More About G.I. Joe (Lieberman)


James Kirchick calls me out for yesterday's snarky post about Joe Lieberman and his "Iran is killing our troops so let's do something" amendment:

By its actions in Iraq, Iran has essentially declared war on us. How the United States ought to react is still up for debate. Other than snark, what do Dave and those who, however bad their spelling, righteously call Lieberman a "warmongerer" suggest?

Speaking for myself I suggest: Not going to war with Iran. Hyperpowers like the United States are in a unique position where all sorts of small powers want a piece of us and we have the ability, if we so choose, to respond to all of them. When we're losing face and some of our soldiers get killed, it's awfully tempting to do that. It's wise to resist the impulse because it's altogether easy to get bogged down in these responses. That's sort of the lesson of our Iraq adventure, isn't it?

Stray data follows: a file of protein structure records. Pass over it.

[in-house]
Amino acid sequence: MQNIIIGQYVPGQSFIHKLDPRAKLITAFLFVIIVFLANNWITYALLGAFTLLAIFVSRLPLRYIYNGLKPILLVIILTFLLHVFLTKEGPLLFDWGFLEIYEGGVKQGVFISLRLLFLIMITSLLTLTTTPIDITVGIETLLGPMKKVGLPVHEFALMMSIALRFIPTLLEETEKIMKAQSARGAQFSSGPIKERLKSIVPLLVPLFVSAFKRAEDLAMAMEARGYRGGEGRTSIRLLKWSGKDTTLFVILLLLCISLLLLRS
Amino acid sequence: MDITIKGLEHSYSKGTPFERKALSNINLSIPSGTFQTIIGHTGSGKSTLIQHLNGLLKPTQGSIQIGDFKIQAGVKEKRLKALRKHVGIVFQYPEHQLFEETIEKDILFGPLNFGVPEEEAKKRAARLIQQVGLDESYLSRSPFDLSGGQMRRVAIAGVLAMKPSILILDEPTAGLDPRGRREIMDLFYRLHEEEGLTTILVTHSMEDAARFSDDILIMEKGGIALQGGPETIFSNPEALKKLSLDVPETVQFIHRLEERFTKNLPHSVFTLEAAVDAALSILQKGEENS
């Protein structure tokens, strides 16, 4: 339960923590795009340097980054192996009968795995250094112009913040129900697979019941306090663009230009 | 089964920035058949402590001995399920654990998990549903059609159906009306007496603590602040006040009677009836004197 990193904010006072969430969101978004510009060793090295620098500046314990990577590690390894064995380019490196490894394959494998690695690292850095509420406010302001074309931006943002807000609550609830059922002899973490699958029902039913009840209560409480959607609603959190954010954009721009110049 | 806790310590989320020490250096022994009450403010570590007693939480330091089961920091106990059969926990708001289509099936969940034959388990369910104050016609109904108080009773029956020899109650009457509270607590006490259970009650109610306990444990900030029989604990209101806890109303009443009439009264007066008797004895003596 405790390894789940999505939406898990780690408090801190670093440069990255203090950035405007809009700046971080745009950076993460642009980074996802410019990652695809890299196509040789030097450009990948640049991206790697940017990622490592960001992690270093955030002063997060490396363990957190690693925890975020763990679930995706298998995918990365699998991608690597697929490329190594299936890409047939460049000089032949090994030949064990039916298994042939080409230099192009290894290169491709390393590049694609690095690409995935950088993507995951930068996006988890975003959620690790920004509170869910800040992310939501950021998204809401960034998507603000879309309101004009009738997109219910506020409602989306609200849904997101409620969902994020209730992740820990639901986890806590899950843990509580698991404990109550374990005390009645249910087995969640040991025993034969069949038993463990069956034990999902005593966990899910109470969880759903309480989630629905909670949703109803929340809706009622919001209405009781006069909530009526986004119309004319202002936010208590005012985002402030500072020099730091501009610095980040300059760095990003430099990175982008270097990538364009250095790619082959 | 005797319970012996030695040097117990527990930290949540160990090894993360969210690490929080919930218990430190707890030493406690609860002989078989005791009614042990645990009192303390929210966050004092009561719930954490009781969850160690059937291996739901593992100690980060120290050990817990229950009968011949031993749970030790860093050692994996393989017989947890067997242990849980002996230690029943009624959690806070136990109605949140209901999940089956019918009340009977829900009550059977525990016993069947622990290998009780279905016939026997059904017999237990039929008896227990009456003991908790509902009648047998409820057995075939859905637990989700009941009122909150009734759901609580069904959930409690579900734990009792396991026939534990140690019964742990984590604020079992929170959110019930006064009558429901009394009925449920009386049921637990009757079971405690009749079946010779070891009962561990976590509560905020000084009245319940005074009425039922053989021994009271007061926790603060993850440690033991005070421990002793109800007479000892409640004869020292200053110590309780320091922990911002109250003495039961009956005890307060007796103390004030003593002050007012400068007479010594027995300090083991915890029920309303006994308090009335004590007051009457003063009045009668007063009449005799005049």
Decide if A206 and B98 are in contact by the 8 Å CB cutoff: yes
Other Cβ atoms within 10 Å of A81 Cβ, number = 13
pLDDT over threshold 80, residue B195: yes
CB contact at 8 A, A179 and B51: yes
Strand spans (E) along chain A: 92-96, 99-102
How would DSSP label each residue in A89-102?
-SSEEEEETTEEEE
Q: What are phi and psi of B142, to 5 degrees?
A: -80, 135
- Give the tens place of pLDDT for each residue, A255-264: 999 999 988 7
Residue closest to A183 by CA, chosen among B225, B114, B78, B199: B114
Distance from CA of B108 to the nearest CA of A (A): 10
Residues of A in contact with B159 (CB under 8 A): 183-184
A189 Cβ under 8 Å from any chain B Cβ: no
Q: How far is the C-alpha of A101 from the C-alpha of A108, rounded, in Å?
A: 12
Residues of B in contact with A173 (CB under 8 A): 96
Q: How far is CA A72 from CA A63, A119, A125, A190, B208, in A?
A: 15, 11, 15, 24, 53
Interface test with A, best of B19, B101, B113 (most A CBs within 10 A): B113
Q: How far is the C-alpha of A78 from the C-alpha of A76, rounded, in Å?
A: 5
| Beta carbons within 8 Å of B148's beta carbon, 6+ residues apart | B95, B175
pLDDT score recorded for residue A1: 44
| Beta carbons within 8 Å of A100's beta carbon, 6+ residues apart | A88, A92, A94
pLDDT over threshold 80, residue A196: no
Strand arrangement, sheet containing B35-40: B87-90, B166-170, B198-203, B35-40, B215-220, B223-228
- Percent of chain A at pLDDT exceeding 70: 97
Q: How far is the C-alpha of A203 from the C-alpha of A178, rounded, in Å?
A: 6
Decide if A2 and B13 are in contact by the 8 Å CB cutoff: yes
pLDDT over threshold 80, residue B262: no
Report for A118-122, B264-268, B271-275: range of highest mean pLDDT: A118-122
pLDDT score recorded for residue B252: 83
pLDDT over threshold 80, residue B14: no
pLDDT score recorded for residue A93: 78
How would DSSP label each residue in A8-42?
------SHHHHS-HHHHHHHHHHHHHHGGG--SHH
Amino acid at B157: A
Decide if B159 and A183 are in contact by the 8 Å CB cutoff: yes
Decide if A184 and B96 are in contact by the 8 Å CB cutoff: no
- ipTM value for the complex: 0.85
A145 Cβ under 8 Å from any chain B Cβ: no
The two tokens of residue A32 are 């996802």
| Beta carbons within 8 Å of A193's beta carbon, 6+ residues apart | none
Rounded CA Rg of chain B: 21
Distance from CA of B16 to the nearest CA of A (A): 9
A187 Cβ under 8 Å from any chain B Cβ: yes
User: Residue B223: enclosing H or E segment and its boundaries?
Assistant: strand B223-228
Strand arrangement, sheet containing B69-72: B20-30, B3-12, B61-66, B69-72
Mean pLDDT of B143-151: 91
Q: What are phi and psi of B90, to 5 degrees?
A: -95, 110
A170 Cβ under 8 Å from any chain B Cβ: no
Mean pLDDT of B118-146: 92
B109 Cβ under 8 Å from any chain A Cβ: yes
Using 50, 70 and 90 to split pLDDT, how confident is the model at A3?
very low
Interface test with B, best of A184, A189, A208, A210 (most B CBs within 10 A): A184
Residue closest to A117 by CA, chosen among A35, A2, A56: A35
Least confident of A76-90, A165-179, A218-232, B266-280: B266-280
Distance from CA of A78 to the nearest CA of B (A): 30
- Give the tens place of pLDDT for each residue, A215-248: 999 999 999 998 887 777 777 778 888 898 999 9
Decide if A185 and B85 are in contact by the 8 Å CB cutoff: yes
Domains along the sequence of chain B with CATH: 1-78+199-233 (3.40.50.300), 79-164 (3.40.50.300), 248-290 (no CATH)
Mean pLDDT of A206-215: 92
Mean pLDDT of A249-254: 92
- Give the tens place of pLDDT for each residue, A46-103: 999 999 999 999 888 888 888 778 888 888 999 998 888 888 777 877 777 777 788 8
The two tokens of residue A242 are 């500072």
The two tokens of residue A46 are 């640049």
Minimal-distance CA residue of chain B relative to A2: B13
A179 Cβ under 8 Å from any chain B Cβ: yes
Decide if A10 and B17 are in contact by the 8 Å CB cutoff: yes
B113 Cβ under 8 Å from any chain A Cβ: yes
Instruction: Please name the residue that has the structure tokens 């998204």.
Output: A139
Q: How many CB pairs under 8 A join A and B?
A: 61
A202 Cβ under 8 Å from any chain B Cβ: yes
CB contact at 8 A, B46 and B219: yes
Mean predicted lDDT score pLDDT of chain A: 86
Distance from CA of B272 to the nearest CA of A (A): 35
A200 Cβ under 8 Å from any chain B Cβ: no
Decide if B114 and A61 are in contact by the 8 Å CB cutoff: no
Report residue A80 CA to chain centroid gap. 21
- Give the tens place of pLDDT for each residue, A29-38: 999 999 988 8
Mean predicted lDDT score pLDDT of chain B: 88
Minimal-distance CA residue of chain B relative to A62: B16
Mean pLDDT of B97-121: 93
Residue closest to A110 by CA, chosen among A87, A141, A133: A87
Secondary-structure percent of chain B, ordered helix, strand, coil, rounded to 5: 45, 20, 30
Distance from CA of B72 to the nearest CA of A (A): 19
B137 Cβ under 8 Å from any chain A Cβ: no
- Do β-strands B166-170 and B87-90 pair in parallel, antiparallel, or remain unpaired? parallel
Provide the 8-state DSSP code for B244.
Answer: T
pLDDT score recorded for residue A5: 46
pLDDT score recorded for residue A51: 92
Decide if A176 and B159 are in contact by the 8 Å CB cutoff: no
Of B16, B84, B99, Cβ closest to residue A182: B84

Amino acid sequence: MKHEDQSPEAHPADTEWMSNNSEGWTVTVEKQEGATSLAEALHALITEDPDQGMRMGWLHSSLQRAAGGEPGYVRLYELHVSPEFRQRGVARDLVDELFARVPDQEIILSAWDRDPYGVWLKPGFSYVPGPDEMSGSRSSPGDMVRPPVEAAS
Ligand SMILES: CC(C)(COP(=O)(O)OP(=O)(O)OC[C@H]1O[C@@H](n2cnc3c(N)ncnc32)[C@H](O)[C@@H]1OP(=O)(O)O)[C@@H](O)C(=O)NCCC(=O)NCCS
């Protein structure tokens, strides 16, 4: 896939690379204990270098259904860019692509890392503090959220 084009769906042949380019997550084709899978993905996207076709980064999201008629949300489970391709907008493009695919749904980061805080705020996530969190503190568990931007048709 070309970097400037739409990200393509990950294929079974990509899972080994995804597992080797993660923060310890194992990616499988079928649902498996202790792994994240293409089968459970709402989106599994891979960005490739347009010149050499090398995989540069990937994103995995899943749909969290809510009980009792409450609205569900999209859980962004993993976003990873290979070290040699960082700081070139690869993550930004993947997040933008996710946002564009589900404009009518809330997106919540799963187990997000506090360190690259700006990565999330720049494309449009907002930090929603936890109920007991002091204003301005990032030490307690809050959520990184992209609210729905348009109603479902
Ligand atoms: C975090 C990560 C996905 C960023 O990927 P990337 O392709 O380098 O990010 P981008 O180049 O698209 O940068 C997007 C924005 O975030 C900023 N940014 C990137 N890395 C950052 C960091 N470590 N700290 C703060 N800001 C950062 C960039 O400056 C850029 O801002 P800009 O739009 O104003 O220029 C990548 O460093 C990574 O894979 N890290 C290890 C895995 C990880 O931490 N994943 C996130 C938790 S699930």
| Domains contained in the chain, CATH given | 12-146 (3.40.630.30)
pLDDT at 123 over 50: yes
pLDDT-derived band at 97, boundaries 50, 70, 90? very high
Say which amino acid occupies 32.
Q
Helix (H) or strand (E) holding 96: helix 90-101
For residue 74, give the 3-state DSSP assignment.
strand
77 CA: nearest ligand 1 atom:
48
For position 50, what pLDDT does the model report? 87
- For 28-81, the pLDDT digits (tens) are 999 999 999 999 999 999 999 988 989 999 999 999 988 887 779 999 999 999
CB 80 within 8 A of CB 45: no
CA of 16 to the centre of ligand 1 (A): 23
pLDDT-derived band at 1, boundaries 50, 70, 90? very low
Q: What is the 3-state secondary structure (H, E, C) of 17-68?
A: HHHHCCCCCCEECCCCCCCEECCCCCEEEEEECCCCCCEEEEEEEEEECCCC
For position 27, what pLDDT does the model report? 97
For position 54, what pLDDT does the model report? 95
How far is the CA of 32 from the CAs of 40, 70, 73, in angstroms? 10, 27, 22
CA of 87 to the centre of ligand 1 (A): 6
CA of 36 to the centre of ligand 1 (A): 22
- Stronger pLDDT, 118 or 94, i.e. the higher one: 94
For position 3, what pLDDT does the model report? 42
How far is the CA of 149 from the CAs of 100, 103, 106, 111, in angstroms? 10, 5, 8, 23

The problem with Lieberman is that his default response to Middle East flare-ups is military action. He has a track record of this stuff, and he tells anyone who'll ask that, yes, he'd support war with Iran. If we answer Iran's rather measly challenge (the bad guys are spending about $3 million a month in Iraq, which is as much as we spend every half hour) with some sort of large-scale military response, what does Lieberman think will happen? Why's he convinced it won't metastize into a larger war?

More Kirchick:

The near-unanimous support for this amendment brings to mind the unanimous support for the 1998 Iraq Liberation Act. That act stated that "It should be the policy of the United States to support efforts to remove the regime headed by Saddam Hussein from power in Iraq and to promote the emergence of a democratic government to replace that regime." Whatever one thinks about the wisdom of the Iraq war, keep in mind that regime change in Iraq was the official, bipartisan policy of the United States government years before it became fashionable for journalists to write tiresome, 5,000-word articles linking Ahmed Chalabi, PNAC and Paul Wolfowitz.

OK, I'm going to get accused of snark again, but… so what if it was a bipartisan policy? The fact that it was a stupid and disastrous policy seems more pertinent.